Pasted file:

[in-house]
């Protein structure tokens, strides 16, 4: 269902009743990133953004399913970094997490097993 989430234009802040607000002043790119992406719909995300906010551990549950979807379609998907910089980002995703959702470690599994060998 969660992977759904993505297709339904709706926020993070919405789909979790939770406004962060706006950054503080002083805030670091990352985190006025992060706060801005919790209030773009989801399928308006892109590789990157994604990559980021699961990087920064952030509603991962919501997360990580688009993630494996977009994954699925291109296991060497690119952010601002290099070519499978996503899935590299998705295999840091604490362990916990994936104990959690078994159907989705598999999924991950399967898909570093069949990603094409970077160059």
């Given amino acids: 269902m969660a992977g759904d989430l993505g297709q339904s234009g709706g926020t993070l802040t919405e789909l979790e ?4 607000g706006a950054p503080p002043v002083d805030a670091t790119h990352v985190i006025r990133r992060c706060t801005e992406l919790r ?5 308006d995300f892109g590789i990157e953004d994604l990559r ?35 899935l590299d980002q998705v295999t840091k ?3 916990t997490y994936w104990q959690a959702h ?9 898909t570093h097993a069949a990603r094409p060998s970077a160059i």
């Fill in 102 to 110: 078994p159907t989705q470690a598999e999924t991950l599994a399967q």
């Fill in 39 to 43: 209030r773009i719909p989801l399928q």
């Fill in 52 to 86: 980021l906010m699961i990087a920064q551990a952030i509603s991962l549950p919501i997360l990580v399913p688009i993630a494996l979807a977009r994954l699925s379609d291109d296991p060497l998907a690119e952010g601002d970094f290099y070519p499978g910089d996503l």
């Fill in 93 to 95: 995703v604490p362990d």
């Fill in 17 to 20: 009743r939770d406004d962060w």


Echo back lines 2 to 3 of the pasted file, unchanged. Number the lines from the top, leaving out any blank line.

């Protein structure tokens, strides 16, 4: 269902009743990133953004399913970094997490097993 989430234009802040607000002043790119992406719909995300906010551990549950979807379609998907910089980002995703959702470690599994060998 969660992977759904993505297709339904709706926020993070919405789909979790939770406004962060706006950054503080002083805030670091990352985190006025992060706060801005919790209030773009989801399928308006892109590789990157994604990559980021699961990087920064952030509603991962919501997360990580688009993630494996977009994954699925291109296991060497690119952010601002290099070519499978996503899935590299998705295999840091604490362990916990994936104990959690078994159907989705598999999924991950399967898909570093069949990603094409970077160059």
């Given amino acids: 269902m969660a992977g759904d989430l993505g297709q339904s234009g709706g926020t993070l802040t919405e789909l979790e ?4 607000g706006a950054p503080p002043v002083d805030a670091t790119h990352v985190i006025r990133r992060c706060t801005e992406l919790r ?5 308006d995300f892109g590789i990157e953004d994604l990559r ?35 899935l590299d980002q998705v295999t840091k ?3 916990t997490y994936w104990q959690a959702h ?9 898909t570093h097993a069949a990603r094409p060998s970077a160059i």